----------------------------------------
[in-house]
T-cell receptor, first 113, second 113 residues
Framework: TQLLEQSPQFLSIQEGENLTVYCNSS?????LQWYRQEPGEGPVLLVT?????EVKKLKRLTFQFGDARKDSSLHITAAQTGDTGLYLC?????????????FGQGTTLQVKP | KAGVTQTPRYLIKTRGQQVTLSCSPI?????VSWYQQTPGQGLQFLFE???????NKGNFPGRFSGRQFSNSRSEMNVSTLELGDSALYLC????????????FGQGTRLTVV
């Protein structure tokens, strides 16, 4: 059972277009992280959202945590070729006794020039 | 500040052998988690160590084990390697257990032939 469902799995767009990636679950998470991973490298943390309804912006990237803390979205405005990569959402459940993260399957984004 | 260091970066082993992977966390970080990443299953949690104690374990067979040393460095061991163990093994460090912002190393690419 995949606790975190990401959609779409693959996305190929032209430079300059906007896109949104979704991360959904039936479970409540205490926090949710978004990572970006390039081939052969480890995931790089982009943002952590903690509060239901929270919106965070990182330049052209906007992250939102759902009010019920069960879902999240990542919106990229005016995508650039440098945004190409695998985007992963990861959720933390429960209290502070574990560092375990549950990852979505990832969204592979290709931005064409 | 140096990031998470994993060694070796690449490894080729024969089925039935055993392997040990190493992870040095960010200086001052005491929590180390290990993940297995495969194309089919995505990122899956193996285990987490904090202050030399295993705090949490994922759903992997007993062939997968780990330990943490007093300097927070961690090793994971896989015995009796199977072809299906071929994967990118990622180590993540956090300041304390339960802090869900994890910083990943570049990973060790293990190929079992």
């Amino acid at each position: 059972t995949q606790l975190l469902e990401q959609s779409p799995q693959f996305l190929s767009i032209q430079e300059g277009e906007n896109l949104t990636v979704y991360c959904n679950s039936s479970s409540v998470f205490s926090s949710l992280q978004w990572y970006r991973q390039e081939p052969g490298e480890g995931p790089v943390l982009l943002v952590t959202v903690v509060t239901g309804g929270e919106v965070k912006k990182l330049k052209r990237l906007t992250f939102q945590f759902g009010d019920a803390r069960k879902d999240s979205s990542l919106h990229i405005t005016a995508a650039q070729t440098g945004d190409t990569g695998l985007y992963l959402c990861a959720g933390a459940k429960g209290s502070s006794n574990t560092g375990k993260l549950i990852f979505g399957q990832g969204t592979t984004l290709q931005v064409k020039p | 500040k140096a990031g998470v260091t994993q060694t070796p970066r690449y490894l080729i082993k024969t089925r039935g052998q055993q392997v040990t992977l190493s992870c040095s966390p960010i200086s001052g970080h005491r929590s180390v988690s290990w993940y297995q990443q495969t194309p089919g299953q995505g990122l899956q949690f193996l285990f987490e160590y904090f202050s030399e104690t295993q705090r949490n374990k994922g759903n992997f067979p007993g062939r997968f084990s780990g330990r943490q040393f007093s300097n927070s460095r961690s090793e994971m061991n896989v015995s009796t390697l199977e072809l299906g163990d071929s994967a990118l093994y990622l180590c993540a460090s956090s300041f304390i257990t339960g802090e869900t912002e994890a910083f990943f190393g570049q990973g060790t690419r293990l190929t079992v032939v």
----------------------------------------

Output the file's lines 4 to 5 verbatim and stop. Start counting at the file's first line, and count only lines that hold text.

């Protein structure tokens, strides 16, 4: 059972277009992280959202945590070729006794020039 | 500040052998988690160590084990390697257990032939 469902799995767009990636679950998470991973490298943390309804912006990237803390979205405005990569959402459940993260399957984004 | 260091970066082993992977966390970080990443299953949690104690374990067979040393460095061991163990093994460090912002190393690419 995949606790975190990401959609779409693959996305190929032209430079300059906007896109949104979704991360959904039936479970409540205490926090949710978004990572970006390039081939052969480890995931790089982009943002952590903690509060239901929270919106965070990182330049052209906007992250939102759902009010019920069960879902999240990542919106990229005016995508650039440098945004190409695998985007992963990861959720933390429960209290502070574990560092375990549950990852979505990832969204592979290709931005064409 | 140096990031998470994993060694070796690449490894080729024969089925039935055993392997040990190493992870040095960010200086001052005491929590180390290990993940297995495969194309089919995505990122899956193996285990987490904090202050030399295993705090949490994922759903992997007993062939997968780990330990943490007093300097927070961690090793994971896989015995009796199977072809299906071929994967990118990622180590993540956090300041304390339960802090869900994890910083990943570049990973060790293990190929079992």
């Amino acid at each position: 059972t995949q606790l975190l469902e990401q959609s779409p799995q693959f996305l190929s767009i032209q430079e300059g277009e906007n896109l949104t990636v979704y991360c959904n679950s039936s479970s409540v998470f205490s926090s949710l992280q978004w990572y970006r991973q390039e081939p052969g490298e480890g995931p790089v943390l982009l943002v952590t959202v903690v509060t239901g309804g929270e919106v965070k912006k990182l330049k052209r990237l906007t992250f939102q945590f759902g009010d019920a803390r069960k879902d999240s979205s990542l919106h990229i405005t005016a995508a650039q070729t440098g945004d190409t990569g695998l985007y992963l959402c990861a959720g933390a459940k429960g209290s502070s006794n574990t560092g375990k993260l549950i990852f979505g399957q990832g969204t592979t984004l290709q931005v064409k020039p | 500040k140096a990031g998470v260091t994993q060694t070796p970066r690449y490894l080729i082993k024969t089925r039935g052998q055993q392997v040990t992977l190493s992870c040095s966390p960010i200086s001052g970080h005491r929590s180390v988690s290990w993940y297995q990443q495969t194309p089919g299953q995505g990122l899956q949690f193996l285990f987490e160590y904090f202050s030399e104690t295993q705090r949490n374990k994922g759903n992997f067979p007993g062939r997968f084990s780990g330990r943490q040393f007093s300097n927070s460095r961690s090793e994971m061991n896989v015995s009796t390697l199977e072809l299906g163990d071929s994967a990118l093994y990622l180590c993540a460090s956090s300041f304390i257990t339960g802090e869900t912002e994890a910083f990943f190393g570049q990973g060790t690419r293990l190929t079992v032939v």